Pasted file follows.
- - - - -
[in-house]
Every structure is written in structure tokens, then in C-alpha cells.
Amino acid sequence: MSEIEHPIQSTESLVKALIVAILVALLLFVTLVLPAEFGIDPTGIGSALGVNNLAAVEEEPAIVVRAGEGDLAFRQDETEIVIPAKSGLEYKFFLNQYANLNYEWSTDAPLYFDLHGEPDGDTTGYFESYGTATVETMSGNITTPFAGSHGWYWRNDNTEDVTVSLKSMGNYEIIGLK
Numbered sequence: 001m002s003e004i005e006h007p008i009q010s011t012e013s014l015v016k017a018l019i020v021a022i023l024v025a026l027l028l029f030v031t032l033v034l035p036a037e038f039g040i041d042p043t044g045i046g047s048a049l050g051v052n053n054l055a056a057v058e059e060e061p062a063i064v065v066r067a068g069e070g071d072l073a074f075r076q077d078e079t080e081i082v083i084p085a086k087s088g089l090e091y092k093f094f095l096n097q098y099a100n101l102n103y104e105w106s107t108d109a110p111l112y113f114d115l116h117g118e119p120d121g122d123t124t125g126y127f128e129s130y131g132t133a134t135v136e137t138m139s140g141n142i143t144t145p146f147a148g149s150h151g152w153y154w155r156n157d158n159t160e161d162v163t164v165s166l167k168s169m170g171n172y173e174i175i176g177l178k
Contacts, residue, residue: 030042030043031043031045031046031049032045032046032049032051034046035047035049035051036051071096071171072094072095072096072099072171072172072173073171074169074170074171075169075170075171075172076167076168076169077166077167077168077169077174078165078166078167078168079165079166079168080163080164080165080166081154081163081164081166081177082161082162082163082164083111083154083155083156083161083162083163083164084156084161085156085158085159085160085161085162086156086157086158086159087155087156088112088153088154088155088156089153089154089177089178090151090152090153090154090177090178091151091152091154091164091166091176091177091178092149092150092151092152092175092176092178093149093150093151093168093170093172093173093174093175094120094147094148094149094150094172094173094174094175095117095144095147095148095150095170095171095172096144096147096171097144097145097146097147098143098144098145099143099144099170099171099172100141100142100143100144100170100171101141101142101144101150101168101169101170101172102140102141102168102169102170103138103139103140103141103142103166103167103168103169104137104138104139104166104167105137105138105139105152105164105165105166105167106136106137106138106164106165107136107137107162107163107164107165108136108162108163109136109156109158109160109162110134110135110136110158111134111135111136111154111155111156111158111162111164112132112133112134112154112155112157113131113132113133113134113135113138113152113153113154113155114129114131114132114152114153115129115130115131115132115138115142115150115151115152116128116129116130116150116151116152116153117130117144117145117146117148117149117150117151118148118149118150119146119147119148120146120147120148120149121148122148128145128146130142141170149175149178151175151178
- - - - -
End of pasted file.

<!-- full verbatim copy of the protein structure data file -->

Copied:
[in-house]
Every structure is written in structure tokens, then in C-alpha cells.
Amino acid sequence: MSEIEHPIQSTESLVKALIVAILVALLLFVTLVLPAEFGIDPTGIGSALGVNNLAAVEEEPAIVVRAGEGDLAFRQDETEIVIPAKSGLEYKFFLNQYANLNYEWSTDAPLYFDLHGEPDGDTTGYFESYGTATVETMSGNITTPFAGSHGWYWRNDNTEDVTVSLKSMGNYEIIGLK
Numbered sequence: 001m002s003e004i005e006h007p008i009q010s011t012e013s014l015v016k017a018l019i020v021a022i023l024v025a026l027l028l029f030v031t032l033v034l035p036a037e038f039g040i041d042p043t044g045i046g047s048a049l050g051v052n053n054l055a056a057v058e059e060e061p062a063i064v065v066r067a068g069e070g071d072l073a074f075r076q077d078e079t080e081i082v083i084p085a086k087s088g089l090e091y092k093f094f095l096n097q098y099a100n101l102n103y104e105w106s107t108d109a110p111l112y113f114d115l116h117g118e119p120d121g122d123t124t125g126y127f128e129s130y131g132t133a134t135v136e137t138m139s140g141n142i143t144t145p146f147a148g149s150h151g152w153y154w155r156n157d158n159t160e161d162v163t164v165s166l167k168s169m170g171n172y173e174i175i176g177l178k
Contacts, residue, residue: 030042030043031043031045031046031049032045032046032049032051034046035047035049035051036051071096071171072094072095072096072099072171072172072173073171074169074170074171075169075170075171075172076167076168076169077166077167077168077169077174078165078166078167078168079165079166079168080163080164080165080166081154081163081164081166081177082161082162082163082164083111083154083155083156083161083162083163083164084156084161085156085158085159085160085161085162086156086157086158086159087155087156088112088153088154088155088156089153089154089177089178090151090152090153090154090177090178091151091152091154091164091166091176091177091178092149092150092151092152092175092176092178093149093150093151093168093170093172093173093174093175094120094147094148094149094150094172094173094174094175095117095144095147095148095150095170095171095172096144096147096171097144097145097146097147098143098144098145099143099144099170099171099172100141100142100143100144100170100171101141101142101144101150101168101169101170101172102140102141102168102169102170103138103139103140103141103142103166103167103168103169104137104138104139104166104167105137105138105139105152105164105165105166105167106136106137106138106164106165107136107137107162107163107164107165108136108162108163109136109156109158109160109162110134110135110136110158111134111135111136111154111155111156111158111162111164112132112133112134112154112155112157113131113132113133113134113135113138113152113153113154113155114129114131114132114152114153115129115130115131115132115138115142115150115151115152116128116129116130116150116151116152116153117130117144117145117146117148117149117150117151118148118149118150119146119147119148120146120147120148120149121148122148128145128146130142141170149175149178151175151178